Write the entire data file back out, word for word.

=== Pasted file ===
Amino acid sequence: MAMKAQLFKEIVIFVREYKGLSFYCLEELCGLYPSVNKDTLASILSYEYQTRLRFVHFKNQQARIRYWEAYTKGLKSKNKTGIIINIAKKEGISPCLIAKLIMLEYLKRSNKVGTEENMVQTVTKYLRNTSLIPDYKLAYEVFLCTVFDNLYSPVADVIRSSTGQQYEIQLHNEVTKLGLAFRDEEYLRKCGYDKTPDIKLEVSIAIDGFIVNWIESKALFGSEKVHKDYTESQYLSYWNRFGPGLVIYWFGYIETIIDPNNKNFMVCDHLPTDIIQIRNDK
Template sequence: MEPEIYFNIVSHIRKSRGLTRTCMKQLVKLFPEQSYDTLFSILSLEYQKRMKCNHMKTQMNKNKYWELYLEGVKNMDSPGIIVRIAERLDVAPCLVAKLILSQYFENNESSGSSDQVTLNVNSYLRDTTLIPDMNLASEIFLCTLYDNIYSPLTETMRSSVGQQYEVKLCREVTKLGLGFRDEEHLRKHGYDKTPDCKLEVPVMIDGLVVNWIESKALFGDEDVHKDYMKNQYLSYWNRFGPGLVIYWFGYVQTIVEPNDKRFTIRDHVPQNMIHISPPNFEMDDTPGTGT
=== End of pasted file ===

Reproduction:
Amino acid sequence: MAMKAQLFKEIVIFVREYKGLSFYCLEELCGLYPSVNKDTLASILSYEYQTRLRFVHFKNQQARIRYWEAYTKGLKSKNKTGIIINIAKKEGISPCLIAKLIMLEYLKRSNKVGTEENMVQTVTKYLRNTSLIPDYKLAYEVFLCTVFDNLYSPVADVIRSSTGQQYEIQLHNEVTKLGLAFRDEEYLRKCGYDKTPDIKLEVSIAIDGFIVNWIESKALFGSEKVHKDYTESQYLSYWNRFGPGLVIYWFGYIETIIDPNNKNFMVCDHLPTDIIQIRNDK
Template sequence: MEPEIYFNIVSHIRKSRGLTRTCMKQLVKLFPEQSYDTLFSILSLEYQKRMKCNHMKTQMNKNKYWELYLEGVKNMDSPGIIVRIAERLDVAPCLVAKLILSQYFENNESSGSSDQVTLNVNSYLRDTTLIPDMNLASEIFLCTLYDNIYSPLTETMRSSVGQQYEVKLCREVTKLGLGFRDEEHLRKHGYDKTPDCKLEVPVMIDGLVVNWIESKALFGDEDVHKDYMKNQYLSYWNRFGPGLVIYWFGYVQTIVEPNDKRFTIRDHVPQNMIHISPPNFEMDDTPGTGT